Love Matter Africa: #LoveAwards
As campaigners took to the streets of Nairobi calling for the Pope to protect their children from comprehensive sex education, we were launching the Love Matters Music Awards; the first music awards in Kenya dedicated to providing young people the chance to produce songs on themes related to pleasure and sexuality.
Covering everything from how we deal with rape as a society, to longing to have sex after a “dry spell”, Love Matters Africa released 15 completely original songs around themes related to love, sex and relationships as part of the project. Each track was composed and performed by musical talent from the record label Penya Africa and their artist development program, Sauti Academy. Alongside an international creative team, they built on themes identified as central to young Kenyans’ sexual attitudes and experiences as identified through research led by the Institute of Development Studies.
The tracks were judged across two separate categories: The Judges’ Choice, selected by a panel of media, music, development and sexuality experts; and The People’s Choice, that was decided by an online public vote.
Over 30 pieces of national and international media coverage
This activity explored new ways of integrating the provision of online information with offline activities, harnessing the power and appeal of popular culture to engage urban youth around love, sex and relationships. Through music and by working alongside “credible sources” for our target audiences, as well as teaming up with non traditional allies, we were able to publicly address sensitive subjects, typically not addressed by Kenya’s mainstream media, including gender-based violence and discussion about what constitutes good and healthy sex.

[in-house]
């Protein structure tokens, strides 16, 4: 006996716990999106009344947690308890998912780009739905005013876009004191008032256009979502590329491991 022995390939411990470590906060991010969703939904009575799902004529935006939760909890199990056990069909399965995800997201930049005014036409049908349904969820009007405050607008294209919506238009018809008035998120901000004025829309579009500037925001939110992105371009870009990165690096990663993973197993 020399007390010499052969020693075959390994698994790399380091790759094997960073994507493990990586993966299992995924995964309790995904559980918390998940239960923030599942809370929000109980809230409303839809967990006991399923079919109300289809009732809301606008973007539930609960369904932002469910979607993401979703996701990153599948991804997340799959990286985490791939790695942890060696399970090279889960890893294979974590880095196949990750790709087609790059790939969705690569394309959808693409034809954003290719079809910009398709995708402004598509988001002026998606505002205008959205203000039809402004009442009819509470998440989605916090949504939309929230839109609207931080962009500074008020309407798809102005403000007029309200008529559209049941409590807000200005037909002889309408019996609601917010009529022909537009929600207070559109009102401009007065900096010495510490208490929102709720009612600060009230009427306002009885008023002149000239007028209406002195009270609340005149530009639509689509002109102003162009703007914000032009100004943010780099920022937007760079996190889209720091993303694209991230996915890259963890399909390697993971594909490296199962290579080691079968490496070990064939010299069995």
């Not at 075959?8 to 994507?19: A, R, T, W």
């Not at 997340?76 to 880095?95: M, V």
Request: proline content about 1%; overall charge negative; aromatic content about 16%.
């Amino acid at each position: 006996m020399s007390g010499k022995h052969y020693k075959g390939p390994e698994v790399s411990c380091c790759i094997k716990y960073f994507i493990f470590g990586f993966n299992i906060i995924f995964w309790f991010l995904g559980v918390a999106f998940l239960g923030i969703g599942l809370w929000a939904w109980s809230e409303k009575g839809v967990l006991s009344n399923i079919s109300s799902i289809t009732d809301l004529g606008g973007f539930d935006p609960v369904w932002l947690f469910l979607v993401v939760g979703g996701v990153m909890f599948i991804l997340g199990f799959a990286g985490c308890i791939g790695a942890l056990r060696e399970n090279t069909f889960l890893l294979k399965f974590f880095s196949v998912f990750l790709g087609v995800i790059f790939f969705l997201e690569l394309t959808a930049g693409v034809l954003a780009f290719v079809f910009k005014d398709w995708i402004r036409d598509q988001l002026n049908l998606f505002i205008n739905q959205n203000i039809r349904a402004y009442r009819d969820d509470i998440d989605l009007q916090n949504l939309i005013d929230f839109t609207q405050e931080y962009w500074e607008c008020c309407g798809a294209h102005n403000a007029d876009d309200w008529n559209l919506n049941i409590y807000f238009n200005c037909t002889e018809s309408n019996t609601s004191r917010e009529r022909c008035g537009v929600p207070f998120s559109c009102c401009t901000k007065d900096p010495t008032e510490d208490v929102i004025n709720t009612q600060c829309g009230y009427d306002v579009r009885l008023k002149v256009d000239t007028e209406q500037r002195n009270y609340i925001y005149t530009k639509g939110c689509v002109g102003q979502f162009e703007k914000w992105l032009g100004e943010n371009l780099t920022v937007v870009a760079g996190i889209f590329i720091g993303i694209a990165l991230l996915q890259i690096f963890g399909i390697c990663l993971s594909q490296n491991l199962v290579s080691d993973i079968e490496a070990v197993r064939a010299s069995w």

I learned that it is difficult for people to get information. As an artist I want to help others. I am from the slums. In my environment people don’t know where to turn to. Their parents are so harsh on them. As an artist we play a major role to make that bridge. It is important that people can discuss freely. Artists can use their own experiences. I learned that we can use our own feelings to express ourselves in a way that others can relate to
Juma (participant) during exit interview
Beyond those participants directly involved in the project, the videos of the songs received over 100,000 views in less than two weeks, with the activity achieving more than 30 pieces of media coverage across print, online and radio, at both a regional and international level. Biggest hits included The Guardian, The Huffington Post, One World
and This is Africa, as well as Kenya’s biggest national newspapers, entertainment sites and radio stations: Mpasho, The Star, People Daily and Ghetto Radio.
While the awards themselves formed the core of the project, Matters of Love: The Show was developed and presented as part of the creative process and final output. This was a live and completely original production exploring expectations around love and sex, and responsibility in relationships. It was conceptualised and rehearsed over an intensive workshop period, drawing on the themes identified as part of the guiding research. It incorporated spoken word, drama, music and rap, as well as a number of the song entries from the Love Matters Music Awards. For many of the participants, this was the first time they had performed as part of a wider group. All of the content came directly from them, shaped by their own experiences and from what they had shared during the project, incorporating English and Swahili, as well as Sheng.
This project is an example of multi-media intervention that can be scaled up and reproduced, yielding new insights in working effectively on sexual health for young people in on and offline spaces. Operationalising action research, online and offline social mobilisation, PR outreach and community based art production, we were able to take these subjects to a public forum, effectively pulling in youth and media who would otherwise be difficult to reach for awareness-raising.
Over 100,000 video views
Over 180,000 people reached on twitter